Measuring Technological Innovation over the Long Run
American Economic Review: Insights
no. 3, September 2021
We use textual analysis of high-dimensional data from patent documents to create new indicators of technological innovation. We identify important patents based on
textual similarity of a given patent to previous and subsequent work: these patents are distinct from previous work but related to subsequent innovations. Our
importance indicators correlate with existing measures of patent quality but also provide complementary information. We identify breakthrough innovations as the most
important patents—those in the right tail of our measure—and construct time series indices of technological change at the aggregate and sectoral levels. Our technology
indices capture the evolution of technological waves over a long time span (1840 to the present) and cover innovation by private and public firms as well as nonprofit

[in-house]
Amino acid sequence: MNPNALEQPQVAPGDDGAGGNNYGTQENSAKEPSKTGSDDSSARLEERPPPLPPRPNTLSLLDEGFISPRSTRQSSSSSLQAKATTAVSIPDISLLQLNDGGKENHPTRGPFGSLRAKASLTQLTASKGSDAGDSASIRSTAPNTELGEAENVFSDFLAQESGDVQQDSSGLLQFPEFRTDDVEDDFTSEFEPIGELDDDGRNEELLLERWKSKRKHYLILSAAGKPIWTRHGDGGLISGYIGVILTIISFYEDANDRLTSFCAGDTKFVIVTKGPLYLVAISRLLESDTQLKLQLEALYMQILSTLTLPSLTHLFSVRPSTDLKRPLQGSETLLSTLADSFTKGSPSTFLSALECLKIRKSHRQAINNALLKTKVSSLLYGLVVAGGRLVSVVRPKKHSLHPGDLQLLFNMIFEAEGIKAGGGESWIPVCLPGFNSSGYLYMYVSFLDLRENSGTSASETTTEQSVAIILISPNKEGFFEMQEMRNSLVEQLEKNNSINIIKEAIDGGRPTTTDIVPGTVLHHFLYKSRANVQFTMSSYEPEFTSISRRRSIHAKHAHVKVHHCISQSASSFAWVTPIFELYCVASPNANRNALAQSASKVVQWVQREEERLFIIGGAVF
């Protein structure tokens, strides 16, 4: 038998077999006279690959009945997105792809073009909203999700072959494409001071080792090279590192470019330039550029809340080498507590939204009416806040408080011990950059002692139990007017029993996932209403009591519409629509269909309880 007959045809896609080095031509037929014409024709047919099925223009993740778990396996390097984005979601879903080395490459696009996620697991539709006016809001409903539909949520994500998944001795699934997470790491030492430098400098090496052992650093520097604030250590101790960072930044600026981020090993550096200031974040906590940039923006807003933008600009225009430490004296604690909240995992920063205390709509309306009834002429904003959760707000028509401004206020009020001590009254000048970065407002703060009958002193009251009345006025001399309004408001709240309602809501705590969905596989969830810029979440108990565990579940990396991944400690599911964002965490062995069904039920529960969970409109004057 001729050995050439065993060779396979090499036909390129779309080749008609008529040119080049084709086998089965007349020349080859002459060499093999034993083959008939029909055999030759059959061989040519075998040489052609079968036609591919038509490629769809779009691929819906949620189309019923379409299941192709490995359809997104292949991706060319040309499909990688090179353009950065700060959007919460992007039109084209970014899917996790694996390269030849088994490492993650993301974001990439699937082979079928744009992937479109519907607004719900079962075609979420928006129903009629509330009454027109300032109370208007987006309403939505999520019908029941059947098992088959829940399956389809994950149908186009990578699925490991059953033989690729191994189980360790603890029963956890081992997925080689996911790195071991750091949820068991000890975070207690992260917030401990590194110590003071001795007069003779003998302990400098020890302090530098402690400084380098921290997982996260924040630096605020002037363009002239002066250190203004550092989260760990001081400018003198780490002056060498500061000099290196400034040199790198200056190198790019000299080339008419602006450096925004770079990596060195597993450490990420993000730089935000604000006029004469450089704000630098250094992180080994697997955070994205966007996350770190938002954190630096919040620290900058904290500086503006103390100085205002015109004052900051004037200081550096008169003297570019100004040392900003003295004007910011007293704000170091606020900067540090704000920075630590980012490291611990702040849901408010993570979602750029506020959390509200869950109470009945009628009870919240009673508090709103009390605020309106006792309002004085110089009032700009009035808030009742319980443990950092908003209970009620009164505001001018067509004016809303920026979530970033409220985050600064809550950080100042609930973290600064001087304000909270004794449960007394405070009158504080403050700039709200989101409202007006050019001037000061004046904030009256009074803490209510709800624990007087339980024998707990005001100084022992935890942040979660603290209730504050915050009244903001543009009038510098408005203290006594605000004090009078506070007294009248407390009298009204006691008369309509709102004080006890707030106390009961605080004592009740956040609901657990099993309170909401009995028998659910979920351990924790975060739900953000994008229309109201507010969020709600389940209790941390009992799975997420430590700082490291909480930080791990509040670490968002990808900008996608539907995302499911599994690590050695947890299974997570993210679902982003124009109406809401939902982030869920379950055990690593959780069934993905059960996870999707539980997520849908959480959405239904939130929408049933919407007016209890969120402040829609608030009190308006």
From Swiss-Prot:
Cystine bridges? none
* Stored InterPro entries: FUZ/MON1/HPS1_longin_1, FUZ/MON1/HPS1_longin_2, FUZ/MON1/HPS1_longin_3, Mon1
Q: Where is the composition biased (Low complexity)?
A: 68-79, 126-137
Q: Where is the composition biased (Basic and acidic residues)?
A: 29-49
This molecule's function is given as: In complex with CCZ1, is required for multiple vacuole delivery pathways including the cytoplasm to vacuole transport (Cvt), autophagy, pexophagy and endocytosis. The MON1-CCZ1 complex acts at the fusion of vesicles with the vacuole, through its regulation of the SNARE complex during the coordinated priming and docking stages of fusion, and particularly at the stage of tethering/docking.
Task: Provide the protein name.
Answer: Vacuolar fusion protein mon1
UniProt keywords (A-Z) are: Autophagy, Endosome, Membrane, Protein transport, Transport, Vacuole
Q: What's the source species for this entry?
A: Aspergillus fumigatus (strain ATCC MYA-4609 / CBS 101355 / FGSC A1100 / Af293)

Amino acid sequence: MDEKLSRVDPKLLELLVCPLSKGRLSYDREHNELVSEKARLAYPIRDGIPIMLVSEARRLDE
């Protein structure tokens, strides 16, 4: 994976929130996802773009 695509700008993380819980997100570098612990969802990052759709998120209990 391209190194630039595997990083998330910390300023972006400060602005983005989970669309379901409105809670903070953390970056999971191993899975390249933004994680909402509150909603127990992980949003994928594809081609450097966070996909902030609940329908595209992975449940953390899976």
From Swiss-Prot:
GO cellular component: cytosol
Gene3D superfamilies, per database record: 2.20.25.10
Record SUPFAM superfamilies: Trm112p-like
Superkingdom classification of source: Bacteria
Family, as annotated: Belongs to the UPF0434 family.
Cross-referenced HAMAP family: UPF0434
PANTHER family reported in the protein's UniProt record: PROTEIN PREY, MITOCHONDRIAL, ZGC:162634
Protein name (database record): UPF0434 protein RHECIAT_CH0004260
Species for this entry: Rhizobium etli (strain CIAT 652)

organizations and the US government. Advances in electricity and transportation drive the index in the 1880s, chemicals and electricity in the 1920s and 1930s, and
computers and communication in the post-1980s.
Kelly, Bryan, Dimitris Papanikolaou, Amit Seru, and Matt Taddy.
"Measuring Technological Innovation over the Long Run."
American Economic Review: Insights,
Index Numbers and Aggregation; leading indicators
Economic History: Transport, Trade, Energy, Technology, and Other Services: U.S.; Canada: Pre-1913
Economic History: Transport, Trade, Energy, Technology, and Other Services: U.S.; Canada: 1913-
Innovation and Invention: Processes and Incentives
Technological Change: Choices and Consequences; Diffusion Processes
Intellectual Property and Intellectual Capital